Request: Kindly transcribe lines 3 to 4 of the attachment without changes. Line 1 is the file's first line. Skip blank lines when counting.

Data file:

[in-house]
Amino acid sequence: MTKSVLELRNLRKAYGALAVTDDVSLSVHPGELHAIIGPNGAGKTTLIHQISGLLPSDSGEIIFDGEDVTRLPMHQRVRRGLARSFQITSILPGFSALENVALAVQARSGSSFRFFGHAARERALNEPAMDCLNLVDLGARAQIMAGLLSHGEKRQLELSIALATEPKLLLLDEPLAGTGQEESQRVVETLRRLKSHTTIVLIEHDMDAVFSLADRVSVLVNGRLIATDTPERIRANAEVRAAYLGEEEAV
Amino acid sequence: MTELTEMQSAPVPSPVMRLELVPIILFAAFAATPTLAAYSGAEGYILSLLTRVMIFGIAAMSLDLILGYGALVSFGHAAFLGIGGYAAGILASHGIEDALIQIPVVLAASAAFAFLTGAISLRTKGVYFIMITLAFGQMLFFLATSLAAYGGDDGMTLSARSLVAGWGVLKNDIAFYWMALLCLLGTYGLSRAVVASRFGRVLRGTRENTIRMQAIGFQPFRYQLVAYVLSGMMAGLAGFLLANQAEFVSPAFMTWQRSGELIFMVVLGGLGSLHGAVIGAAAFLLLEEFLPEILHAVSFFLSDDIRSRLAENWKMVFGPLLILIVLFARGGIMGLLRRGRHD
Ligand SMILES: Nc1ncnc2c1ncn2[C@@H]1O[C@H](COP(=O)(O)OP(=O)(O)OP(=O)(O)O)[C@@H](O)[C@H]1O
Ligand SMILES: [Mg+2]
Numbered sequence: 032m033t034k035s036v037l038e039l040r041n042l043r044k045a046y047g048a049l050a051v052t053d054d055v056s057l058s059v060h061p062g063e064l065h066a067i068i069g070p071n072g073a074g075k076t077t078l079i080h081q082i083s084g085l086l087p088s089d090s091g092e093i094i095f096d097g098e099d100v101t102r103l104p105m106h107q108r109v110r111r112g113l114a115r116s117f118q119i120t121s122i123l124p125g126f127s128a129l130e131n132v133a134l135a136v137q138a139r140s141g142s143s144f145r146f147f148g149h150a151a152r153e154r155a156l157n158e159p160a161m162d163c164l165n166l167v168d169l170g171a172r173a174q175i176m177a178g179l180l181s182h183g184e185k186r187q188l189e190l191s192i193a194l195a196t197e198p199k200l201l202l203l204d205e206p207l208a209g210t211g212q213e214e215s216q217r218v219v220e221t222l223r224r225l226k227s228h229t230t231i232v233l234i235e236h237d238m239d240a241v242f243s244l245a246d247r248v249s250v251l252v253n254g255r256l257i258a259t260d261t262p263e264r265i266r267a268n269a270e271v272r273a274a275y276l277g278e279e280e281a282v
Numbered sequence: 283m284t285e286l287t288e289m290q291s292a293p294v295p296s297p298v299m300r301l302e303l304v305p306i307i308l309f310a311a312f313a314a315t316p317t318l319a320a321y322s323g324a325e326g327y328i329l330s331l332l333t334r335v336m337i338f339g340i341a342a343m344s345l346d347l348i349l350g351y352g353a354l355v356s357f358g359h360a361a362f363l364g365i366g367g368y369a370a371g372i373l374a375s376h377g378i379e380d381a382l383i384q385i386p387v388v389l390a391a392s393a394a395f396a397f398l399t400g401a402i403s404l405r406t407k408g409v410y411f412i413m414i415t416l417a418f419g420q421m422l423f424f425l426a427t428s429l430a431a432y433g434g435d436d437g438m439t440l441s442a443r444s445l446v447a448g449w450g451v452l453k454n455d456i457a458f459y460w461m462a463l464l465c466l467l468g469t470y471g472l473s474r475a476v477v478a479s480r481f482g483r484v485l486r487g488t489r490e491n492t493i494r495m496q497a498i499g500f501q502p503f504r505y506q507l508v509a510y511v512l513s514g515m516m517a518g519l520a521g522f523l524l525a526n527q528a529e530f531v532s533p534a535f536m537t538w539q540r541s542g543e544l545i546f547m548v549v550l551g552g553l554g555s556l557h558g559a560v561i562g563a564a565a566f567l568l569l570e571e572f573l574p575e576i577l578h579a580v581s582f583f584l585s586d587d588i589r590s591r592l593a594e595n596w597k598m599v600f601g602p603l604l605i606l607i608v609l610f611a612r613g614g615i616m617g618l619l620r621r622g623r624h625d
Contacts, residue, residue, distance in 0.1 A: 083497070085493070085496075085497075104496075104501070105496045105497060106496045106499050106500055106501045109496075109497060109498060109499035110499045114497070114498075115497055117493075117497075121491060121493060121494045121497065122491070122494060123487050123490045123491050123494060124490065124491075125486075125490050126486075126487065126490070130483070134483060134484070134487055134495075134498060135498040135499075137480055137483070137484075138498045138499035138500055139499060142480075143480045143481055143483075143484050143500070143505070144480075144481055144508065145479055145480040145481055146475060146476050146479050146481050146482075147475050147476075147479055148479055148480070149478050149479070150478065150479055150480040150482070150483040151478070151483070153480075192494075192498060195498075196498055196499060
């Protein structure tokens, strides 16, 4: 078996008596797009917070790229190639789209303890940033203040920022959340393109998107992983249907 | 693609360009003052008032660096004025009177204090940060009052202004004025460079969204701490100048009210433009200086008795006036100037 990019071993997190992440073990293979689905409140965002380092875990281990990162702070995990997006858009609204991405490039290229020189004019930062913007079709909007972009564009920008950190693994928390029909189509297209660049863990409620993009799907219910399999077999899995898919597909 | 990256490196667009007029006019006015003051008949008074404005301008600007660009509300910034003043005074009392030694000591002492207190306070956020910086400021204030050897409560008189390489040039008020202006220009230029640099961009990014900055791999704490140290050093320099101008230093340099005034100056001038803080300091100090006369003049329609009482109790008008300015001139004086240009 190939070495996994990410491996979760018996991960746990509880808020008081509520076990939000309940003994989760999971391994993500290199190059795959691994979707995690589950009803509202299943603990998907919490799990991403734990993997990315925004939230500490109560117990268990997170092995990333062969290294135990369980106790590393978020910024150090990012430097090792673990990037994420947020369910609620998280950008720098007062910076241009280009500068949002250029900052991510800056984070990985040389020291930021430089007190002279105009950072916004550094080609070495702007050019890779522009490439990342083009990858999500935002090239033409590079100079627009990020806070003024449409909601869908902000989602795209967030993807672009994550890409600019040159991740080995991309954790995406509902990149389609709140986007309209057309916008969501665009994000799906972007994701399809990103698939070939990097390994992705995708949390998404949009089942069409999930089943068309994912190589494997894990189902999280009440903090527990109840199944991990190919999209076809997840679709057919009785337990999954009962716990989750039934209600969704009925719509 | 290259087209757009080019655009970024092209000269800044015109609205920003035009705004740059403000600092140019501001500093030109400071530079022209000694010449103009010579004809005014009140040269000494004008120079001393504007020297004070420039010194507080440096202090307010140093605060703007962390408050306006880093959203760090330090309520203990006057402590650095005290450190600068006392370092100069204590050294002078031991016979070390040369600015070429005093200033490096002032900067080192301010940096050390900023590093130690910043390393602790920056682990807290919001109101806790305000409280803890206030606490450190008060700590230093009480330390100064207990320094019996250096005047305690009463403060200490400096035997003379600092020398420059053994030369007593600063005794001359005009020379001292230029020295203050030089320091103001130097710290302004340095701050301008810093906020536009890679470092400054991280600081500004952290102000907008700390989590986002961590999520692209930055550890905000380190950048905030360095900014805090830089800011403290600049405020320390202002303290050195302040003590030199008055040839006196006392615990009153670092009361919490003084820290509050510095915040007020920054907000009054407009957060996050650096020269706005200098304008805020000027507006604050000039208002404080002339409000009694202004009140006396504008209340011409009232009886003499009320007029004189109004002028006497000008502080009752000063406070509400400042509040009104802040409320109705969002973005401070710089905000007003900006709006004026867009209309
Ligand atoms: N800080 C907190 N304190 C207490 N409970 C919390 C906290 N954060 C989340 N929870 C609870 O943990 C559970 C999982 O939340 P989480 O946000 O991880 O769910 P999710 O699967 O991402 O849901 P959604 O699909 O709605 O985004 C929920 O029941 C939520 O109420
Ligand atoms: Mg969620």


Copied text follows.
Amino acid sequence: MTELTEMQSAPVPSPVMRLELVPIILFAAFAATPTLAAYSGAEGYILSLLTRVMIFGIAAMSLDLILGYGALVSFGHAAFLGIGGYAAGILASHGIEDALIQIPVVLAASAAFAFLTGAISLRTKGVYFIMITLAFGQMLFFLATSLAAYGGDDGMTLSARSLVAGWGVLKNDIAFYWMALLCLLGTYGLSRAVVASRFGRVLRGTRENTIRMQAIGFQPFRYQLVAYVLSGMMAGLAGFLLANQAEFVSPAFMTWQRSGELIFMVVLGGLGSLHGAVIGAAAFLLLEEFLPEILHAVSFFLSDDIRSRLAENWKMVFGPLLILIVLFARGGIMGLLRRGRHD
Ligand SMILES: Nc1ncnc2c1ncn2[C@@H]1O[C@H](COP(=O)(O)OP(=O)(O)OP(=O)(O)O)[C@@H](O)[C@H]1O